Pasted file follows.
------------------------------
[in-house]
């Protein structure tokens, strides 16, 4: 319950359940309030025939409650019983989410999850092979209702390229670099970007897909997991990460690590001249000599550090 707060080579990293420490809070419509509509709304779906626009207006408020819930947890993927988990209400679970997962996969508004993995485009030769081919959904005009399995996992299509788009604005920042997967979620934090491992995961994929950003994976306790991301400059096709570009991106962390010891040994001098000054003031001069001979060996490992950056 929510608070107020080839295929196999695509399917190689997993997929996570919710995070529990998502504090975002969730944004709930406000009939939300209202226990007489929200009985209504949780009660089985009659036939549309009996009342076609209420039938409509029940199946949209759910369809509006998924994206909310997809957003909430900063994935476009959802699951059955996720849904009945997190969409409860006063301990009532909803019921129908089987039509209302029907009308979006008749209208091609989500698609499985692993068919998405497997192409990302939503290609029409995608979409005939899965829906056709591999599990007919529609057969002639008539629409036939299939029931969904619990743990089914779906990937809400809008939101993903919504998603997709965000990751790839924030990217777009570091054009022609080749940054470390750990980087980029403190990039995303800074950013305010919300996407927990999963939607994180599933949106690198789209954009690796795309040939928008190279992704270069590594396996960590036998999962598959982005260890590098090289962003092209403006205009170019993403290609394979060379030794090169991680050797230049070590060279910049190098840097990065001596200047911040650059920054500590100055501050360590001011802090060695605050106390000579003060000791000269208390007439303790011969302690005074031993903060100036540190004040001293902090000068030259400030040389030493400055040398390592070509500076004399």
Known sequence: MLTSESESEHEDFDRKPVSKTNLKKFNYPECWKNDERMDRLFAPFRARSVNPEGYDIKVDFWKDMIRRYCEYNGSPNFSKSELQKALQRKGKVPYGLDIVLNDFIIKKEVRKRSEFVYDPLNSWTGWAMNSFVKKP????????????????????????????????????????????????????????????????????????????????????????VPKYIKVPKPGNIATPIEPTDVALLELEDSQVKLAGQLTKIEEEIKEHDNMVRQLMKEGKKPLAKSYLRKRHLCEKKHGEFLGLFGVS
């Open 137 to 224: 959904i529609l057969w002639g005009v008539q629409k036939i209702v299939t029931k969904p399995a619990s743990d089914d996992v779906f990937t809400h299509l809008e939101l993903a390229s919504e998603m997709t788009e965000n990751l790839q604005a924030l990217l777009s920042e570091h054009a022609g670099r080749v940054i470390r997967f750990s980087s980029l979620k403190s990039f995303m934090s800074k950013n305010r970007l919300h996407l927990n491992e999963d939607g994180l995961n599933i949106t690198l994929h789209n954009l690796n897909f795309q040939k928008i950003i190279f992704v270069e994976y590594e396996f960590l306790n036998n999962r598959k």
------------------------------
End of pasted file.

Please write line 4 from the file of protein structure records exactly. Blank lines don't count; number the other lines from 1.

């Open 137 to 224: 959904i529609l057969w002639g005009v008539q629409k036939i209702v299939t029931k969904p399995a619990s743990d089914d996992v779906f990937t809400h299509l809008e939101l993903a390229s919504e998603m997709t788009e965000n990751l790839q604005a924030l990217l777009s920042e570091h054009a022609g670099r080749v940054i470390r997967f750990s980087s980029l979620k403190s990039f995303m934090s800074k950013n305010r970007l919300h996407l927990n491992e999963d939607g994180l995961n599933i949106t690198l994929h789209n954009l690796n897909f795309q040939k928008i950003i190279f992704v270069e994976y590594e396996f960590l306790n036998n999962r598959k």